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Coordinates of planets

  1. Oct 3, 2010 #1
    Hi, a novice astronomer here.

    Was just looking at some stars/galaxies/planets the other day, and followed up some observations by looking at their locations (on wikipedia).

    I noticed that for stars/galaxies there are a range of different coordinate/location systems used, although the celestial coordinate system seems the most common (e.g. 13h 23.7m xxs etc).

    My question is thus, what is the convention for denoting the location/coordinates of planets/the moon? Since they are continuously moving, as are we on Earth, is there a dedicated system to describe their location?

    Also as an aside, does the same happen with galaxies/stars? Because they are further away does their coordinate location change but by smaller magnitudes? Basically why can't the celestial coordinate system be used to locate planets/the moon?
     
  2. jcsd
  3. Oct 3, 2010 #2

    D H

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    That "13h 23.7m xxs" business is not a coordinate system. It is just the goofy way astronomers represent angle. Instead of a circle being 360 degrees it is 24 hours to astronomers. A minute in this scale is 1/60 of an hour, or 1/4 degree. A second is 1/60 of a minute, or 1/240 degrees, or 1/4 arc seconds.

    There are many celestial coordinate systems. Astronomical coordinates are essentially spherical coordinates. Latitude, longitude, altitude are essentially spherical coordinates, for example. Such systems use a directed reference plane and a directed reference line on the plane (the Earth's equator and the intersection of the Greenwich meridian and the equator in case of latitude and longitude). The latitude (or its equivalent) of some point is the angle between the reference plane and the line from the origin to the point; the sign denotes whether the point is above or below the plane. The longitude (or its equivalent) is the angle between some reference line on the plane and the line from the origin to the projection of the point onto the plane.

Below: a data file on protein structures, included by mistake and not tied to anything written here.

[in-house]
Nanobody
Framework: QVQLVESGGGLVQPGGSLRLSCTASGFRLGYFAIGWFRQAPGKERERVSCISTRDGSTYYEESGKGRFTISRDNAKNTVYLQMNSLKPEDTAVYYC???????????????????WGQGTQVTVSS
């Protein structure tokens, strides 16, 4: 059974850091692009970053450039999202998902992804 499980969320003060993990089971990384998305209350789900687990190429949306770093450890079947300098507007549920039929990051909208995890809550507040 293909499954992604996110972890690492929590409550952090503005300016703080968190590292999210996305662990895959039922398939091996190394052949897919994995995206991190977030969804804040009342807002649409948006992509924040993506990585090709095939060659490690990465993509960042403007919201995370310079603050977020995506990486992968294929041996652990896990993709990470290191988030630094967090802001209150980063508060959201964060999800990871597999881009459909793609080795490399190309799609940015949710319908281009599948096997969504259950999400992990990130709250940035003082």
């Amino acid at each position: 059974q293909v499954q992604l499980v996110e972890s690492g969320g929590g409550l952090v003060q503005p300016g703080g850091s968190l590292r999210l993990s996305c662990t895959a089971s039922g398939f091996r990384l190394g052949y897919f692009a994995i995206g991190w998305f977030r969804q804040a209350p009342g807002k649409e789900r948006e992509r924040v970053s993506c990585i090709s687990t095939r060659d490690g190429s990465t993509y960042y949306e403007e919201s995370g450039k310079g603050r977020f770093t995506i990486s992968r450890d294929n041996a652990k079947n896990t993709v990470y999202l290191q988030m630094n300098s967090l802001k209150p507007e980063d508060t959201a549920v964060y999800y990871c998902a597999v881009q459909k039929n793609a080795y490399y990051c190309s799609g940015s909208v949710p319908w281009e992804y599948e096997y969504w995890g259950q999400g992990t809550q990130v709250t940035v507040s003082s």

So it all comes down to choosing an origin, a directed reference plane, and a directed reference line on the reference plane. There are an infinite number of choices. The most commonly used reference planes are the Earth's equator, The Earth's orbital plane, and the galactic plane.
     
  4. Oct 3, 2010 #3
    thanks for the reply.
    that helps to clear up that part of the question, but what now of the planets/earth's moon?
     
  5. Oct 4, 2010 #4
    If you want the gory details....

    http://aa.usno.navy.mil/publications/docs/Circular_179.pdf [Broken]

    What you do is to use observations to distance quasars to define a basic reference system, and then use some algorithms to convert that system to one in which the sun's barycenter is in the middle.
     
    Last edited by a moderator: May 5, 2017
  6. Oct 7, 2010 #5
    thanks for the reply.
    I found this website: http://www.fourmilab.ch/cgi-bin/Solar
    it claims to tell you the right ascension of the planets at any given date you plug in.

    Would you say something like this is reliable?
     
  7. Oct 7, 2010 #6

    russ_watters

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    Probably.
     
  8. Oct 7, 2010 #7

    phyzguy

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